British researchers have determined that a silver hydrosol gel (not colloidal silver) kills a number of the most infective antibiotic-resistant infective bacteria. The researchers tested the silver sol gel against 10 multiple-drug resistant bacteria species that included MRSA (methicillin-resistant Staphylococcus aureus), and other MDROs (multi-drug resistant organisms) such as Clostridium difficile, Acinetobacter baumannii and several others.
Ten aggressive, multiple-drug resistant bacteria were tested in total. Biofilms and free-living colonies were developed with each bacteria, and they were mixed with wound fluid to mimic an actual infection on the skin.
The researchers found that the silver sol gel provided anti-microbial activity for seven days from a single application. Their conclusion: “The in vitro data support consideration of the silver-containing gelling fibre dressing as part of a protocol of care in the management of wounds colonised or infected with MDROs.”
Silver sol is distinct from colloidal silver, which has been subject to controversial antibacterial and antifungal claims. Silver sol gel, on the other hand, has been the subject of numerous studies and case histories over the past few years, with significantly positive results. The most newsworthy research result has been its ability to counteract infections by MRSA.
Community-associated MRSA infections have been rising over the past few years. Once limited to hospitals, the bacteria species is now infecting people in community centers, locker rooms, schools and other environments. With modern medicine running out of effective strategies to beat MRSA infections, silver sol has shown significant promise.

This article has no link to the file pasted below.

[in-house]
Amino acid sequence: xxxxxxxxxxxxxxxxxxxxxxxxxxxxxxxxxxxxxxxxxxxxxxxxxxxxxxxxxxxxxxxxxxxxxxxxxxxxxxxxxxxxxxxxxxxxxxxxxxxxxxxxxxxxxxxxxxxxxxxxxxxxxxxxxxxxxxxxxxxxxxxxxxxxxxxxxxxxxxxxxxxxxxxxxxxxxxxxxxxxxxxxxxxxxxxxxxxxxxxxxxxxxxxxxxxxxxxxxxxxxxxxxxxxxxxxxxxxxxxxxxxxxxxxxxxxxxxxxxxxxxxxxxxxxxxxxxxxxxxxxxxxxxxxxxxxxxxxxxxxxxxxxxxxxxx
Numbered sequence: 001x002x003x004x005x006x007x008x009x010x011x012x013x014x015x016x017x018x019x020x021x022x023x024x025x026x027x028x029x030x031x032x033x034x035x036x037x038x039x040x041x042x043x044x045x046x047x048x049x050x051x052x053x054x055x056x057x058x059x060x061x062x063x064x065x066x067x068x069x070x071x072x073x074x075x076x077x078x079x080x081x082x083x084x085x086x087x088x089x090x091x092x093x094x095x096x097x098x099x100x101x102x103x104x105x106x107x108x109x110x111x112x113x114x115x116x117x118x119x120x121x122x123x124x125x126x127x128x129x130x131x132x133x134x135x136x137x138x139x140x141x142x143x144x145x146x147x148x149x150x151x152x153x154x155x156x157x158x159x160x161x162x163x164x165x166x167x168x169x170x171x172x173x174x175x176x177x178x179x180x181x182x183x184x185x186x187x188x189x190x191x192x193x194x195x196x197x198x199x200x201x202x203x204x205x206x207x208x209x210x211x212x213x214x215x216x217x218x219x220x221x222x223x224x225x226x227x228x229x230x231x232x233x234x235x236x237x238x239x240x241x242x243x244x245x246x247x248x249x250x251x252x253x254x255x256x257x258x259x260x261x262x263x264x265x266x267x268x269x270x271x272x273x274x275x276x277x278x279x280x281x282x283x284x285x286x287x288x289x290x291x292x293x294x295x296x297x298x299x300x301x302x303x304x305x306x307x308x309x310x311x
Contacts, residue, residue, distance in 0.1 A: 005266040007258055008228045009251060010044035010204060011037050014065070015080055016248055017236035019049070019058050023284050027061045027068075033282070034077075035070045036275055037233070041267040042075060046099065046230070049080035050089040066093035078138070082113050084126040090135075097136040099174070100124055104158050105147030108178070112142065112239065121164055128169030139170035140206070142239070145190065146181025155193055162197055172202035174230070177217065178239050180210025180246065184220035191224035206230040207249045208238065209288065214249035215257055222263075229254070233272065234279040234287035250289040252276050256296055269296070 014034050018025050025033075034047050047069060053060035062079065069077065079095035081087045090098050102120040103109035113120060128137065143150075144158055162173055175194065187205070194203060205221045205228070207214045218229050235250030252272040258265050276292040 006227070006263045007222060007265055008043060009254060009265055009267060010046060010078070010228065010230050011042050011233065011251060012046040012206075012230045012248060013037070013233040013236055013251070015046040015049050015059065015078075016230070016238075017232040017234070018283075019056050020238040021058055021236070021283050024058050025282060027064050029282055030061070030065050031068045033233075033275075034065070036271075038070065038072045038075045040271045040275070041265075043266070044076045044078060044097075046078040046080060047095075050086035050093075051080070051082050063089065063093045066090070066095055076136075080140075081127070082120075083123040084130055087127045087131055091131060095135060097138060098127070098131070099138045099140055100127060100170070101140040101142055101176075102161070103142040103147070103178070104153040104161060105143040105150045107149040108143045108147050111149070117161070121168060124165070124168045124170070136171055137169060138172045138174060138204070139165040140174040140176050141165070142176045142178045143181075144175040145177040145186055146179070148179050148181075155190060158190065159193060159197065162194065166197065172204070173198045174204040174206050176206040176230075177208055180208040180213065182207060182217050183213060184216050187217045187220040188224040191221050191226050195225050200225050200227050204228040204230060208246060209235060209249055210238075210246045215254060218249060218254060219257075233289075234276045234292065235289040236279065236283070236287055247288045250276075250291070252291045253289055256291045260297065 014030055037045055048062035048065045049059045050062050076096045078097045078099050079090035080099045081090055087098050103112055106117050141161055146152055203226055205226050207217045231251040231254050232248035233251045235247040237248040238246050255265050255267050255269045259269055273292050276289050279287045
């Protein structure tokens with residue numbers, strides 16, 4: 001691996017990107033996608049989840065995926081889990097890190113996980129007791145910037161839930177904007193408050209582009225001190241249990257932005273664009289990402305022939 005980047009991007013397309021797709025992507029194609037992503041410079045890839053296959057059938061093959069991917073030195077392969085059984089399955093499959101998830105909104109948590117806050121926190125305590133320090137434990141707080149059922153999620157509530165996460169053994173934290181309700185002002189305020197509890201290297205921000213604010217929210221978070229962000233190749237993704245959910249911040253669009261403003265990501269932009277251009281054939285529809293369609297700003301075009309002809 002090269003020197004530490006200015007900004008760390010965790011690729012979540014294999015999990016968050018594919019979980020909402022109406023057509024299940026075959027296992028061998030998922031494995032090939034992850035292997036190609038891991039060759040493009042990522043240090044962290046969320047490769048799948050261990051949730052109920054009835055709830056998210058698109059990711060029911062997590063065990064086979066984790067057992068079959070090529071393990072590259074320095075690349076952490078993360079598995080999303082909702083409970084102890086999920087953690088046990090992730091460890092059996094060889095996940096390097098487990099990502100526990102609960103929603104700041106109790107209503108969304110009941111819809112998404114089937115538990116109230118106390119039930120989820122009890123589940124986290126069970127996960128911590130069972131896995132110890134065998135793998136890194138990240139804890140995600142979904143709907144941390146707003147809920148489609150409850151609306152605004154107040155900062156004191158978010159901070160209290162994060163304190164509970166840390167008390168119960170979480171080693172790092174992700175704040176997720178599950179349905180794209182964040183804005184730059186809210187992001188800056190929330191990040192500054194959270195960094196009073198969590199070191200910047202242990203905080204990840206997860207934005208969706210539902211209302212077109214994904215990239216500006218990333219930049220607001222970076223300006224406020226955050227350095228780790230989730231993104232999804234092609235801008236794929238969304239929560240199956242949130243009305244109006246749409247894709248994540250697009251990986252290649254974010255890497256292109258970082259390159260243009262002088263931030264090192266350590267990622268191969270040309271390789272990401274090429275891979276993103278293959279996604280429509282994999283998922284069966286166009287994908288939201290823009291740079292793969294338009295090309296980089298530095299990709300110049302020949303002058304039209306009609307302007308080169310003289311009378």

The silver sol product has been patented, and has received FDA approval for treating infected wounds. Other applications have shown it to be effective against hepatitis, respiratory infections, tuberculosis, common staph infections, strep throat, fungal infections, and even Yersinia pestis – the bubonic plague.
The product has been proven to be safe when used internally or externally, and two studies have indicated that it does not cause probiotic die-offs.
Bowler PG, Welsby S, Towers V, Booth R, Hogarth A, Rowlands V, Joseph A, Jones SA. Multidrug-resistant organisms, wounds and topical antimicrobial protection. Int Wound J. 2012 May 29.